In the days leading up to the Chinese New Year break, there was awareness and increasing concern about the new virus in China. A lot of masks were being worn at school and some students were talking about it with a degree of concern. The virus quickly became a national issue and by the third day of the break, on January 28, we were told that school would be closed until at least February 17. During the holiday week our school let us know that we would be implementing an online learning structure. Leadership teams met and outlined what this would look like in order to continue to provide a rigorous curriculum but not overwhelm the students and parents. In elementary school our primary platform is Seesaw, which the students had already been using all year. We are maintaining the daily schedule as much as possible (i.e. if your class has PE on Monday, the PE teacher would send an assignment on Seesaw that day). Homeroom teachers are expected to send out a morning message with daily assignments by 9:00 each day and be available for the entire work day providing feedback to students. The secondary school is following a similar model using Microsoft Teams and Managebac to share content and assignments.
It has been more work than everyone anticipated, but it has also been nice to be able to connect with students. As parents we are also working with our own children and it has been good to create some structure in their day as the time away from school stretches on. The situation is ongoing. We are far from Wuhan, but there have been a number of cases reported in our city. There is not a formal quarantine but movement is very limited and we are under a lot of pressure to stay indoors at all times. The police are outside taking temperatures and collecting information. As of right now it is likely that the school will stay closed for several more weeks and there is a lot of uncertainty. We are hoping for a resolution of some kind to this crisis and we look forward to getting back to the familiar routines of a normal school day.
I work at an American International School in Shanghai, China. We received an email about starting E-learning lesson on Feb. 3rd and to contact our administrators if we had questions. The email stated to follow our daily class schedule and post a mini lesson video of no less than 15 minutes for each subject taught. As an EAL teacher in primary for different grades, I’ve had to make reading, writing, phonics, and handwriting videos. The email also had a long list of expectations for teachers such as assignments with deadlines to be uploaded on our grading website, students must work for 30 minutes and give feedback. However, little to no support has been given on the IT side of e-lessons, other than contact your supervisor for questions. Edmodo was the only platform suggested to use where someone could support you with it, but we were told to use any platform we preferred which led to parents getting bombarded with messages to sign up to Edmodo, Seesaw and others. I only chose Seesaw because my collaborating teachers were using it, and I wanted to make it easier for my students’ parents.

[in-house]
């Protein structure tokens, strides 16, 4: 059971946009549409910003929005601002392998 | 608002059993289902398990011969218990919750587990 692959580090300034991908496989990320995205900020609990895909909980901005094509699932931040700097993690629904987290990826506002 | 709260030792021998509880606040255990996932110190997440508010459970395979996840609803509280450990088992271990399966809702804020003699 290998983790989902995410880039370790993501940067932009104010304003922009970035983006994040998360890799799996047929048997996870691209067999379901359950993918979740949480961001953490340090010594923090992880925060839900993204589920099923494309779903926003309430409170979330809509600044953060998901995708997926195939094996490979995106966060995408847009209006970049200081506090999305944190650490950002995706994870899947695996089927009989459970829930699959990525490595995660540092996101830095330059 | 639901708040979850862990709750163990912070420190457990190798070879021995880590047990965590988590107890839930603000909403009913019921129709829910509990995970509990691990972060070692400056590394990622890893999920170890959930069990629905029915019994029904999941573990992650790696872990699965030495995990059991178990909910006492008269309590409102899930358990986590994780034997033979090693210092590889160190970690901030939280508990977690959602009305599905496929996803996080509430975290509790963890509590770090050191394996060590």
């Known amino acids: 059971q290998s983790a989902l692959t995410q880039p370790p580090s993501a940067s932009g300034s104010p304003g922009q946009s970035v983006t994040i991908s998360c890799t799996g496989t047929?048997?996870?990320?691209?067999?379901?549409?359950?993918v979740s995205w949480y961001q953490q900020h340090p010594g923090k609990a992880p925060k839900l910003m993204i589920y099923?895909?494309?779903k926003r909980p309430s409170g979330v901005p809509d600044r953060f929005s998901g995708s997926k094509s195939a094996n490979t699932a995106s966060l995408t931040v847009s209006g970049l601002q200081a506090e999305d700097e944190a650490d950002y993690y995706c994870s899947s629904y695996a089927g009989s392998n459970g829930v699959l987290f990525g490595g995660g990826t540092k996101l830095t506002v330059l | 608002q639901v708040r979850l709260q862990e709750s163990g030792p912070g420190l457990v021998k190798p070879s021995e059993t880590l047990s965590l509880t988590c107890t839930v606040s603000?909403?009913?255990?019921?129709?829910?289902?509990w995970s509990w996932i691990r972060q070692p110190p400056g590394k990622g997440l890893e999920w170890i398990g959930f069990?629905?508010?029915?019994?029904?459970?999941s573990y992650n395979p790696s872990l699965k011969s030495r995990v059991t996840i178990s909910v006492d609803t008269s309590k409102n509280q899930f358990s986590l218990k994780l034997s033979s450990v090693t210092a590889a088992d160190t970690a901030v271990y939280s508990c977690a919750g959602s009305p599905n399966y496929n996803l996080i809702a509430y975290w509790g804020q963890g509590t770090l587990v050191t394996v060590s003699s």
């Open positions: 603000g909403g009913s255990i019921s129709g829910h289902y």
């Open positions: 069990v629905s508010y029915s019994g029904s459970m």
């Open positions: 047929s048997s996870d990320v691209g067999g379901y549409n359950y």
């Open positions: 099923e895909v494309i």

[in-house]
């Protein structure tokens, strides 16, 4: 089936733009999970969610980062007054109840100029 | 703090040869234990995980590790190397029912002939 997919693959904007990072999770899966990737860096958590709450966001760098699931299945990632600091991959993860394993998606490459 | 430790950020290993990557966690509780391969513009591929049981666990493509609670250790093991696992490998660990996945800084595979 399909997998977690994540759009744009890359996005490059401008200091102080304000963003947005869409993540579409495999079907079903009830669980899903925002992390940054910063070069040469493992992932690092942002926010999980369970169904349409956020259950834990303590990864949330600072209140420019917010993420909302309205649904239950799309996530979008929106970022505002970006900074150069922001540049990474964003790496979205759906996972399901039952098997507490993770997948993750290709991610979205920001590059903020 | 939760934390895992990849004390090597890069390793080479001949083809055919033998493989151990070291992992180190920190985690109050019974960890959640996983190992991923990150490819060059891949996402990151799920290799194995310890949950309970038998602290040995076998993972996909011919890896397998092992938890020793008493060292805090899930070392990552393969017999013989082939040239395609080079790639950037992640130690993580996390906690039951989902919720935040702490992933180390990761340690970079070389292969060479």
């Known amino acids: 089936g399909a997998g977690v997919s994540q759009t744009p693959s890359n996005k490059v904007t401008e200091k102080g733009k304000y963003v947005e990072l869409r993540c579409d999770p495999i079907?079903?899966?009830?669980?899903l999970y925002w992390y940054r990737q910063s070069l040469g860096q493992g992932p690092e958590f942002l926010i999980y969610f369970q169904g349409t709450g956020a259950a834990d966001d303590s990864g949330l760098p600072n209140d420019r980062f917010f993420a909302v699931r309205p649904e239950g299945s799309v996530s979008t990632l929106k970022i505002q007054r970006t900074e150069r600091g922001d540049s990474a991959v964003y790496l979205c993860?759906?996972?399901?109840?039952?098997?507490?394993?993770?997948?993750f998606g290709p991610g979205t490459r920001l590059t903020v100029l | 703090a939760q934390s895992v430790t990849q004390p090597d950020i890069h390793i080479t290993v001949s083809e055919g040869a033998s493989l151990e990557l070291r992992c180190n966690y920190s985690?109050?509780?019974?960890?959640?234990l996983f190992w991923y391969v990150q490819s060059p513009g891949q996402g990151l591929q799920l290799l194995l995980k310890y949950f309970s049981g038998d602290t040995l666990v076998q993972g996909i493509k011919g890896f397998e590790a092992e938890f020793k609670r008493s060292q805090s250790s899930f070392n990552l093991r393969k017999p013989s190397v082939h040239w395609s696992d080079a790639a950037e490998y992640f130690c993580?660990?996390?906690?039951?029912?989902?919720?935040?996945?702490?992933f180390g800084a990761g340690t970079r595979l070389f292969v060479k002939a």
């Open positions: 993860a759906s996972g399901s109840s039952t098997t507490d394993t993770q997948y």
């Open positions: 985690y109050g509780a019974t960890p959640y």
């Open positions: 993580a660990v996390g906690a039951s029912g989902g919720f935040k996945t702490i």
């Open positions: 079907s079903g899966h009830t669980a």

The two biggest problems we are facing with our E-lessons is not being allowed to use Google technology due to its restrictions in China and most parents not having a VPN. Second one was how to upload videos of 15 minutes in Wechat when it has a five-minute limit. Our school’s official Wechat group went blasting with messages about condensing videos using different websites, different APPs, and etc. Nothing concrete on these APPs with specific tutorials on how to get set it up in a few days to start running e-learning. These links were all helpful however we needed time for E-training, which we haven’t receive in 3 years that I’ve been working there. Luckily for me, I had received classes on using technology in grad school.